You Used PHP to Write WHAT?!

PHP may be the most popular Web scripting language in the world. But despite a large collection of nails, not every tool is a hammer. So when should it be used, and when would another dynamic programming language be a better choice? We identify its strengths and weaknesses.

By Kenneth Hess
Fri, January 25, 2008

CIO — There is no single right answer to every problem and PHP is no exception. The dynamic programming language has its strengths and its weaknesses like any other language. PHP integrates very well with HTML and has hundreds of functions that make it a very capable programming language for a variety of tasks. It also has the ability to interact with the operating system like a scripting language. PHP is also widely held as the way to interact with databases of almost every type.

PHP is the go to guy for Web programming languages but are there things better left to Perl, Ruby, Java, JavaScript or Python? You bet there are. In particular, PHP is not thread safe—which means that multiple instances of the same routine may interact with each other, resulting in a crash on the Web server. PHP has suffered its share of security problems, and it isn't particularly well-suited to large or extremely complex site implementations.

Despite some of its significant shortcomings, PHP is perhaps the most popular Web scripting language currently used in the world. Why is that? Some of the reasons may surprise you.

Editor's Note: As the number of comments on this article demonstrate, several readers disagreed with our author's opinions. Those readers may wish to also read our followup article: PHP's Enterprise Strengths and Weaknesses, Take 2, in which Zend's John Coggeshall responds with his own list of the Good, the Bad and the Ugly of PHP application development.

PHP's Shining Beacon

Several dynamic or "scripting" languages, including PHP, Perl, Java and others, have their roots in the C language, which makes them a natural fit for developers making the transition from traditional application programming to Web programming. This makes the learning curve far less steep for those used to standard procedural languages. PHP has the advantage since it also integrates very well with HTML.

In fact, its full name is PHP: Hypertext Preprocessor (one of those famous Unix recursive acronyms), which means that it understands hypertext (HTML) without any special API or modifications. An API, application programming interface, is a set of libraries that allow programmers to interact with operating systems, databases or other applications by referencing those libraries inside an application. PHP has a long list of APIs and functions that expand its capability beyond that of any other contemporary Web scripting language.

PHP has enjoyed a long-lived association with databases, especially MySQL. However, PHP plays equally well with Oracle, DB2, SQLite, PostgreSQL, Sybase and Microsoft's SQL Server. Migrating from one database server to another is usually quite simple since most of PHP's functions have a common naming convention. A programmer can do simple global pattern replacements to change from one database brand to another. The following is an example of some often used MySQL functions and their Microsoft SQL Server equivalents.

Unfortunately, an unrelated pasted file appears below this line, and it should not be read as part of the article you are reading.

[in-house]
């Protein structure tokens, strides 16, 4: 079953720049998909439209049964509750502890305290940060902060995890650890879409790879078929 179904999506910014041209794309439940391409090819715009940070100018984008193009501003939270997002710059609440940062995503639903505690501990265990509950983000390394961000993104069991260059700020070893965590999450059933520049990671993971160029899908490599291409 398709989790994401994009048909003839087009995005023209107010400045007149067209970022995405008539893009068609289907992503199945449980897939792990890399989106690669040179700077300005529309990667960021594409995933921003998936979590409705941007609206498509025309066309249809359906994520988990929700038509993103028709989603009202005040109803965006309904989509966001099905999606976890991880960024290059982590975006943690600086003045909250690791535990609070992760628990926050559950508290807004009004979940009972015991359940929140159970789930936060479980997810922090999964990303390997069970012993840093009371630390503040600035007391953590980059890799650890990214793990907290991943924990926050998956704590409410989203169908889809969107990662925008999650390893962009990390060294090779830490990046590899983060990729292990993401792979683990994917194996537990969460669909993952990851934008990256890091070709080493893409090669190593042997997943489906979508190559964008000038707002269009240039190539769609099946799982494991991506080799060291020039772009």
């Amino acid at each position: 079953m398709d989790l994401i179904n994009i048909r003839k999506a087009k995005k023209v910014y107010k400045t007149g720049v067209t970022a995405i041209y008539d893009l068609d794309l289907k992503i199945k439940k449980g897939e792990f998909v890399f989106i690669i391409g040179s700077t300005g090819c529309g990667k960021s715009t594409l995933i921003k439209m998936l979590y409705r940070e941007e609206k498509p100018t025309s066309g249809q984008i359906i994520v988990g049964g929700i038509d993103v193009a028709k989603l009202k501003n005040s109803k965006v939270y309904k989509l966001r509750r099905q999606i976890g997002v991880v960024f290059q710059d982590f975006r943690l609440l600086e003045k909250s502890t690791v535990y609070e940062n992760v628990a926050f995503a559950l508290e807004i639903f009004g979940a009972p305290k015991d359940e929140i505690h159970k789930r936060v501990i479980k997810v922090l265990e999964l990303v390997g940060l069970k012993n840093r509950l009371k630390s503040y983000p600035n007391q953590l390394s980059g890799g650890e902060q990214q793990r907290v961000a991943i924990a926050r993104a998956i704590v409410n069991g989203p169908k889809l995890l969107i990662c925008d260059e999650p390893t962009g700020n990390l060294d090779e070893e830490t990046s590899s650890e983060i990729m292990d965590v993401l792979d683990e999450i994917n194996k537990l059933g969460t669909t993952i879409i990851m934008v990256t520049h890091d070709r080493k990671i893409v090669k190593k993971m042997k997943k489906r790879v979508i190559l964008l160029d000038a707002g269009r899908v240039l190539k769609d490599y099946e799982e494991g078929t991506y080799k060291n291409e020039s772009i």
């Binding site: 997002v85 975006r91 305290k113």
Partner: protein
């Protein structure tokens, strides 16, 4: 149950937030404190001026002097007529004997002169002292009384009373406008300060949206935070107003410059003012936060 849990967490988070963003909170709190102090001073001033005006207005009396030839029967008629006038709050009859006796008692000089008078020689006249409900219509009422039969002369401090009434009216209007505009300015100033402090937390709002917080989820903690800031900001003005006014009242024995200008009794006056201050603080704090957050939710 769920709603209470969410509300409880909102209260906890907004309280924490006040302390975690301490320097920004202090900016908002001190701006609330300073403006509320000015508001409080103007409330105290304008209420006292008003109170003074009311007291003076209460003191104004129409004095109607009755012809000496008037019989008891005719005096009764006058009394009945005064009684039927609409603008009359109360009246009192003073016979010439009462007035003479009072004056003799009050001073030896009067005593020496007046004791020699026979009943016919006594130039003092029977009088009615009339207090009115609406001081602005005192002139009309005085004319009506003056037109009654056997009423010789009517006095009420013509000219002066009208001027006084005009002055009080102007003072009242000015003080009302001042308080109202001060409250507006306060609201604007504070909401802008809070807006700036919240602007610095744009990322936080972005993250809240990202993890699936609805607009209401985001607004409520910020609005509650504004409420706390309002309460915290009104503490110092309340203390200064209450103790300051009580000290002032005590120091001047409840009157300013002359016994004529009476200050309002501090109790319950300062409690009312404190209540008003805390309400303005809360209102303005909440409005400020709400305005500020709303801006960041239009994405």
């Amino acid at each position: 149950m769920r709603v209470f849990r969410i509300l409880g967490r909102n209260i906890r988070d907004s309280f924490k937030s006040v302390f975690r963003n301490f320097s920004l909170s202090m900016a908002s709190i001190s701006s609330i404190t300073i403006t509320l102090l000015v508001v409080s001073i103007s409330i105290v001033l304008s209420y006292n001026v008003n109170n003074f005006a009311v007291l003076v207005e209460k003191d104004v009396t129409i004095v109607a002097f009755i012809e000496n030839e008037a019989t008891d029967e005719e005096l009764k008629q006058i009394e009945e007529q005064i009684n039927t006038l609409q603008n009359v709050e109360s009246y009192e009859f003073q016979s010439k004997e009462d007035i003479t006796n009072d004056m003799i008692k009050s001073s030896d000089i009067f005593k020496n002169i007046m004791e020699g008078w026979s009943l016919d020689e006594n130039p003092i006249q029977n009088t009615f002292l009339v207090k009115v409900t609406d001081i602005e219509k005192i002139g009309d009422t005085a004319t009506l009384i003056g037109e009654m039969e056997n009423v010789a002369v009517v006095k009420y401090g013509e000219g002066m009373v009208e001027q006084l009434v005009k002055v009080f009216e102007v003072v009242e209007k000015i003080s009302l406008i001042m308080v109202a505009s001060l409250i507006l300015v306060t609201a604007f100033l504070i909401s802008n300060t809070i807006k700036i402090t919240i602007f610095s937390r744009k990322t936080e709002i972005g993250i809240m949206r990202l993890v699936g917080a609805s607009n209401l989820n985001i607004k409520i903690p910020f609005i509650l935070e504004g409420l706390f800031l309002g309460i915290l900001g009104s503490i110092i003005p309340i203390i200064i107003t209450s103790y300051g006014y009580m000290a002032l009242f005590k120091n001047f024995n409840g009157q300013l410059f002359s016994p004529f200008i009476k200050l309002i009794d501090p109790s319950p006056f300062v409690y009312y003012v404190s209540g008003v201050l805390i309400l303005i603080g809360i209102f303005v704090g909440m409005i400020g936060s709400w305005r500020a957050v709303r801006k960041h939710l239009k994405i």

mysql_fetch_array mssql_fetch_array

As you can see in the table, an application that accesses a MySQL database can be redesigned as a Microsoft SQL Server application with minimal effort.

PHP is available for almost every current operating system. This makes the code portable to other platforms with few, if any, changes. If you run a PHP website on Windows with IIS and it crashes, you can use the PHP scripts and pages on a PHP-enabled Linux server with minor modifications. You have to change any absolute paths and some parameters only in the PHP configuration file. For similar systems (Unix to Linux), you may only have to copy the files to the new server and restart your Web server.

PHP enjoys such widespread popularity because:

  • It is easy to learn: Its C-like syntax makes it an easy language to learn for programmers and nonprogrammers alike.
  • It blends well with HTML: You can mix PHP scripts right inside your HTML or place HTML tags and code inside PHP files.
  • PHP has a vast library of functions and APIs: PHP's ability to interact with LDAP, databases and the file system makes it a great "one stop shop" for developers.
  • You can rapidly create Web applications and database-backed applications: PHP is so often used with databases, especially open-source databases, that several books are available on the shared topic of PHP and MySQL.
  • It is cross-platform capable: PHP is used on Windows, Linux, commercial flavors of Unix and MacOS X.

When should you use PHP?

  • Creating an intranet site.
  • Prototyping an application that will be converted to Java or some other language.
  • Creating a Web database application.
  • Deploying an inexpensive or quick solution.
  • Using ready-made apps from or other sites.

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